# Determining Significance - in desperate need!

#### kretz

##### New member
Dear all,

First post and I'm afraid I'm so out of my depth I don't even know if my title is correct. I am very new to statistics and have been struggling through but am now completely stuck. Any help would be massively appreciated. My basic question is what test can I use to determine significance between two cohorts and a binary variable?

Some background: I am trying to publish a research paper on what catheters (tube to wee through) are placed in patients following a TURP - resection of the prostate gland. Common practice is to put a three way catheter (3WC), which is done everywhere except my hospital, where we put a two-way catheter (2WC). We have collected data for a decade and our outcomes look equivalent to other centres and in some aspects better - and it's cheaper to do it our way too.

So, over the decade we have placed both two- and three-way catheters so we have two cohorts in our own data set to compare - that I think I've done fine. The next step is comparing data from our set to an externally published source. The current variable I am looking at is:

What proportion of patients required blood transfusion intra-/post-operatively. So looking at the 2WC cohort of my patients: 3/601 (0.17%) required transfusion, in the externally published cohort of 3WC patients, 0/247 required transfusion. I tried a Chi-square calculator but that came back saying you can't use zero as a value? (I don't understand why?).

I understand that these numbers are tiny and therefore will have limited significance but I would like to show that with a massive p number somehow.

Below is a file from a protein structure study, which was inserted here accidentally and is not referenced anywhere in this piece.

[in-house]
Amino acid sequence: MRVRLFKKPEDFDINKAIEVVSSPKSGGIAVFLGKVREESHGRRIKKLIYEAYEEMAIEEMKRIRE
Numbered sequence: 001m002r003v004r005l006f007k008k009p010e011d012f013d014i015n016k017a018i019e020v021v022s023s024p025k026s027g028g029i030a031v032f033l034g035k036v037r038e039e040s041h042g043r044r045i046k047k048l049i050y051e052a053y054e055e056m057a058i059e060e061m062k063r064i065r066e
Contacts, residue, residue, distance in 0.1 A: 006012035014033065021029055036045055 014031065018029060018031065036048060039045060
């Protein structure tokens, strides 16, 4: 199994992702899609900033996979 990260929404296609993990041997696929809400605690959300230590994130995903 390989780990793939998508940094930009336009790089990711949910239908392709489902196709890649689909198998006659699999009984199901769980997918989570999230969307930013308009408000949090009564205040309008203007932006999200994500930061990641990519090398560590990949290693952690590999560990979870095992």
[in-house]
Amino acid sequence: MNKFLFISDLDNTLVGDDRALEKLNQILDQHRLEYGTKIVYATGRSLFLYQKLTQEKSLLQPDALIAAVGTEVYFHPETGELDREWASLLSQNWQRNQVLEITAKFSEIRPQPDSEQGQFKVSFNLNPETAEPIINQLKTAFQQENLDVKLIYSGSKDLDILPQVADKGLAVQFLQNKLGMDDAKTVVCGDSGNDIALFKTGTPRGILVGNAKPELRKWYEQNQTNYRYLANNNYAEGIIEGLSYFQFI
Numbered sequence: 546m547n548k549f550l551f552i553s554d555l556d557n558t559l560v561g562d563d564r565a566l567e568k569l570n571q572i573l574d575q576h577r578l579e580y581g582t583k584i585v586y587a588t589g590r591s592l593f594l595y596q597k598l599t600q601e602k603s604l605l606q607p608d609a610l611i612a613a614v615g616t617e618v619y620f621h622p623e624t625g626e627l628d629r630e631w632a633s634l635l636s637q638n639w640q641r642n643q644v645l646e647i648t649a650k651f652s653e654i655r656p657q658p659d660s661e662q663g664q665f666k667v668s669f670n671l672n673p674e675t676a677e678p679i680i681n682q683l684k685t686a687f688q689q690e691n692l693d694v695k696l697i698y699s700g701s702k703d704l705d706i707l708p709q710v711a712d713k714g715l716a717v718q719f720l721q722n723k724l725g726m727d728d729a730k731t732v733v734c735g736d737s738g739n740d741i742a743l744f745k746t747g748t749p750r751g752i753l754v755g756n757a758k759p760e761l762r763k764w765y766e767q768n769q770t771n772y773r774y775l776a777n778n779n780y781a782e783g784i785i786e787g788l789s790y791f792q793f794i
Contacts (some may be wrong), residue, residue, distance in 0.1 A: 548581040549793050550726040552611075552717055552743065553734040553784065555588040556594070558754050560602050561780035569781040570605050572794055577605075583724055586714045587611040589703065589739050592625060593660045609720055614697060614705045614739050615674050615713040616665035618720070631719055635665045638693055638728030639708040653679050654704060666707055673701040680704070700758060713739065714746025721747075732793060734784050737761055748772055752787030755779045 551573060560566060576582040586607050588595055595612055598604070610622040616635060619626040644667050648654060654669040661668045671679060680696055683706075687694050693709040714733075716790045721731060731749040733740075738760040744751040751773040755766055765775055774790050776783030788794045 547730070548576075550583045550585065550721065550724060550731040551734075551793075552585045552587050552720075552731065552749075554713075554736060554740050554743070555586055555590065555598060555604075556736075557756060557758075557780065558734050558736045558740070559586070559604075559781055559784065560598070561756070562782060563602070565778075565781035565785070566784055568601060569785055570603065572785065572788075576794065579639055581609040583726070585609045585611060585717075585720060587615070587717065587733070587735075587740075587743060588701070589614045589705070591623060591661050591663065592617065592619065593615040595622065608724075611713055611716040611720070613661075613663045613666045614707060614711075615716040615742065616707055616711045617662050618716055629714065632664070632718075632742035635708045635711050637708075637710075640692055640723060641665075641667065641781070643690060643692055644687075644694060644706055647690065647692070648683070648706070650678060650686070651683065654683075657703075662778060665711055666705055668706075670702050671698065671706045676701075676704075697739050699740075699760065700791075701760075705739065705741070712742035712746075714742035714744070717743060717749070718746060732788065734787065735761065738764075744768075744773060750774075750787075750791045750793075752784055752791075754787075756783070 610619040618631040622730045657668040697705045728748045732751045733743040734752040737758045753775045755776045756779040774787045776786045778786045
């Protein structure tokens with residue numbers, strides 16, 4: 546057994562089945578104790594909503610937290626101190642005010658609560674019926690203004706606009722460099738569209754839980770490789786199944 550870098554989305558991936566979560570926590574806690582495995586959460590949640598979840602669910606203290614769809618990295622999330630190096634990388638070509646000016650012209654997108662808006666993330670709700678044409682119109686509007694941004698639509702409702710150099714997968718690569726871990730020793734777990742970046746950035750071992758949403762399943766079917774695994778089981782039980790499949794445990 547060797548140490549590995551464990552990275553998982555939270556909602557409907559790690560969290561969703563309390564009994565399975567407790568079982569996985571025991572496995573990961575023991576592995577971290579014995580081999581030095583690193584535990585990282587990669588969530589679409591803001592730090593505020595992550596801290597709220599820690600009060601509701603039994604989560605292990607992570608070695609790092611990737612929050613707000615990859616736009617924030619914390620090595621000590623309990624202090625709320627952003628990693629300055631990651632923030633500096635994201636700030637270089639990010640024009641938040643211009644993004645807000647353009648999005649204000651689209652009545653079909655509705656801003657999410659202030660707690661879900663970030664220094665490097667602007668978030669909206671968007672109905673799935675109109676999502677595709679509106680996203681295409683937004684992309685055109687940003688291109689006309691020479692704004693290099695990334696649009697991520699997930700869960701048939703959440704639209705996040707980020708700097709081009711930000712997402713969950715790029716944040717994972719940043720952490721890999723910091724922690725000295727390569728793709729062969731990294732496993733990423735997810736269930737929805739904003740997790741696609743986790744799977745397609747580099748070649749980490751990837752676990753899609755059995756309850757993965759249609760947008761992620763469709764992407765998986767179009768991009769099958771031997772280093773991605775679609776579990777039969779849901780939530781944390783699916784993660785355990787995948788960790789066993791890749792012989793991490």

Any help would be massively appreciated, many thanks in advance for anyone that takes the time.

L

#### Romsek

##### Full Member
Suppose we are trying to estimate the proportion of a population that meets some criteria. Such as requiring a transfusion.
We collect a sample population of size $$\displaystyle N$$ and we note the number meeting the criteria as $$\displaystyle X$$
With a large enough population our estimate of the proportion

$$\displaystyle p = \dfrac{X}{N}$$ is approximately a normal random variable with parameters

$$\displaystyle \mu = p\\ \sigma = \sqrt{np(1-p)}$$

This is why the chi square test with $$\displaystyle p=0$$ doesn't work. The standard deviation becomes 0 which is meaningless.

So how to fix this? Well, ideally you would be able to increase the sample size of the 3WC patients until at least 1 required a transfusion.
I'm assuming that this isn't possible at this point. So I would jiggle things a bit. Let your estimate for $$\displaystyle p$$ for 3WC be [/tex]0.01[/tex]
for example, instead of 0, and see what that gets you.

I'm not sure I understand why you think 2WCs are better than 3WCs given that the 3WCs had 0 required transfusions.

#### kretz

##### New member
Romsek thank you so much I'll put this to the data tomorrow and see what we get.

The reason 2WCs are better than 3WCs is due to other variables where they perform better, this is one small variable and its exceedingly rare that someone needs a tranfusion and if they do its likely to do with other pre-existing health conditions/medications and therefore unlikely to be related to the catheter. the reason I wanted to get a p value for this was to demonstrate that this likely wasn't statistically significant.

Thanks again, I'll post tomorrow and let you know how it goes!

L